May 9, 2009 at 7:42 am

From the archives: Oct. 18, 1985

Pistons like Daly's style on the court -- and off it

His reason for wanting to relocate wasn't anti-Detroit reaction. After all, Chuck Daly didn't need to go searching for any Brotherly Love. And, yes, that Philadelphia Freedom tune sure puts out a nice beat, but then Daly always seemed more the Dancin'-In-The-Street type anyway.

Still, when Billy Cunningham retired at the end of last season, the 76ers came knocking on Daly's closet, offering irresistible incentive. In "Daddy Rich's" own stylish terms: Do you realize how many custom-designed suits can be purchased in three years by earning nearly $1 million? Daly would have needed a dozen new closets.

Until the Pistons finally stepped in to stop the deal by demanding compensation of a first-round draft choice, Daly was set to hit Philly's finest menswear locations this season. Tonight, in fact, he should be at the Sun Dome in Tampa, Fla., where the Sixers face the Atlanta Hawks. He would start Moses Malone at center. Instead, Matt Guokas gets the honors.

Charles Jerome Daly remains with the Pistons -- his $175,000 contract to expire at season's end. A bit disgusted no doubt, but as the consummate professional, Daly never reveals his inner feelings for public record.

"It all happened so quickly," said Daly, reviewing the developments of four months ago. "I was just a third party. There was nothing I could do. But it would be foolish to dwell on it. I just have to accept all that and be happy with what I've got. And I think that's the type of person I am. I'm flexible. I can adjust to situations, I think. This is just another one of those. You guys can talk about the contract. I just like to be coaching."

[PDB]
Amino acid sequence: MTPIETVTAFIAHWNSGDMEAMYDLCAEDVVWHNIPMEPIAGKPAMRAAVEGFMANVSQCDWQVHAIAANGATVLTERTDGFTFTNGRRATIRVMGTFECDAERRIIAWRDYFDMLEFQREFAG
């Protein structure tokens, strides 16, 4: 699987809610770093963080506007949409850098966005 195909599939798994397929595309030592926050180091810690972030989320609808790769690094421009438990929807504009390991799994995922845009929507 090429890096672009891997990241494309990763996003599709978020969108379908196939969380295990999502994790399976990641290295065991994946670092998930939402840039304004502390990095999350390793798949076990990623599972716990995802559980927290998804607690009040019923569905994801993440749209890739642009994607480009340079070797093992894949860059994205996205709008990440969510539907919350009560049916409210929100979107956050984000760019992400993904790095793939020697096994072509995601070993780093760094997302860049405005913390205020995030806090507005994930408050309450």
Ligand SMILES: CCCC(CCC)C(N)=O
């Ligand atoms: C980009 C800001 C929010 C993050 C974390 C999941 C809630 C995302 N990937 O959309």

But not always did this adaptability come so naturally. Daly recalls many moments during the beginning of his coaching career at Punxsutawney (Pa.) High School when he exhibited more of a Bob Knight tough-guy demeanor than his own easy-going style that's made him so popular and successful within the NBA circle. "To be honest, that's probably one of the biggest things I had to overcome," said Daly, whose team opens the regular season Oct. 25 against Milwaukee at the Silverdome.

"You're constantly fighting your own ego. That was one of the hardest things for me. In high school, I was very, very strict. I thought I had to be the hard guy. If one of the kids didn't play aggressively one day, I'd make him wear a towel around himself the next. It looked like a dress, and it told him he was a sissy.

"I learned over the years, though, and I became more open-minded. I remember when I was a (biology) teacher. I used to be so organized and strict in taking attendance. And I did everything straight out of the book. I thought that was being such a good teacher. At the same school, there was another guy who was really laid-back. It didn't seem like he was doing anything. He told them stories and there didn't seem to be any control in the class. At least compared to some of our classes. But we found out later he was the best teacher. The kids related to him better and did the work. I think that opened up my eyes quite a bit.

Daly's coaching philosophy has been based on that criteria. Vince Lombardi would shudder, but Daly is more or less one of the guys. At practices, he often jokes around. He can be seen practicing imaginary golf shots or trying to bounce a basketball off the floor into the hoop.